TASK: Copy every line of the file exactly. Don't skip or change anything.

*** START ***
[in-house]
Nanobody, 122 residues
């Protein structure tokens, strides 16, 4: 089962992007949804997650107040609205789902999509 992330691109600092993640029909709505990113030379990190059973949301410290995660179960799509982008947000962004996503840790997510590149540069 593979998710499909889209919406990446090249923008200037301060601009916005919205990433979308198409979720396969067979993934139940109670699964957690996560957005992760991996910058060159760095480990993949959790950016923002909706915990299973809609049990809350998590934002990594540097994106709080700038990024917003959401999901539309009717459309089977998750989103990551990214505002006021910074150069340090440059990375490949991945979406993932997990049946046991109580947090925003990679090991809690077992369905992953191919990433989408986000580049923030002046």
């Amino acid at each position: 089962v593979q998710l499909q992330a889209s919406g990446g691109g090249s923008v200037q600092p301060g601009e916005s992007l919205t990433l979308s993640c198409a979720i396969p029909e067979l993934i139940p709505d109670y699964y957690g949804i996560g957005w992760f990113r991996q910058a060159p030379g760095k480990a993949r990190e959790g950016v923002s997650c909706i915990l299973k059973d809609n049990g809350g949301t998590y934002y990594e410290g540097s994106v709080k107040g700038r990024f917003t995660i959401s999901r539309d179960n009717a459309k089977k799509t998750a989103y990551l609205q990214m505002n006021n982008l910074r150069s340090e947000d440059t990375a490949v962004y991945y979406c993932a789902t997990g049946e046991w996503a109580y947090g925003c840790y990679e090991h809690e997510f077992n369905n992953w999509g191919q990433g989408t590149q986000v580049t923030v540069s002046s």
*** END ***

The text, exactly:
[in-house]
Nanobody, 122 residues
């Protein structure tokens, strides 16, 4: 089962992007949804997650107040609205789902999509 992330691109600092993640029909709505990113030379990190059973949301410290995660179960799509982008947000962004996503840790997510590149540069 593979998710499909889209919406990446090249923008200037301060601009916005919205990433979308198409979720396969067979993934139940109670699964957690996560957005992760991996910058060159760095480990993949959790950016923002909706915990299973809609049990809350998590934002990594540097994106709080700038990024917003959401999901539309009717459309089977998750989103990551990214505002006021910074150069340090440059990375490949991945979406993932997990049946046991109580947090925003990679090991809690077992369905992953191919990433989408986000580049923030002046």
């Amino acid at each position: 089962v593979q998710l499909q992330a889209s919406g990446g691109g090249s923008v200037q600092p301060g601009e916005s992007l919205t990433l979308s993640c198409a979720i396969p029909e067979l993934i139940p709505d109670y699964y957690g949804i996560g957005w992760f990113r991996q910058a060159p030379g760095k480990a993949r990190e959790g950016v923002s997650c909706i915990l299973k059973d809609n049990g809350g949301t998590y934002y990594e410290g540097s994106v709080k107040g700038r990024f917003t995660i959401s999901r539309d179960n009717a459309k089977k799509t998750a989103y990551l609205q990214m505002n006021n982008l910074r150069s340090e947000d440059t990375a490949v962004y991945y979406c993932a789902t997990g049946e046991w996503a109580y947090g925003c840790y990679e090991h809690e997510f077992n369905n992953w999509g191919q990433g989408t590149q986000v580049t923030v540069s002046s």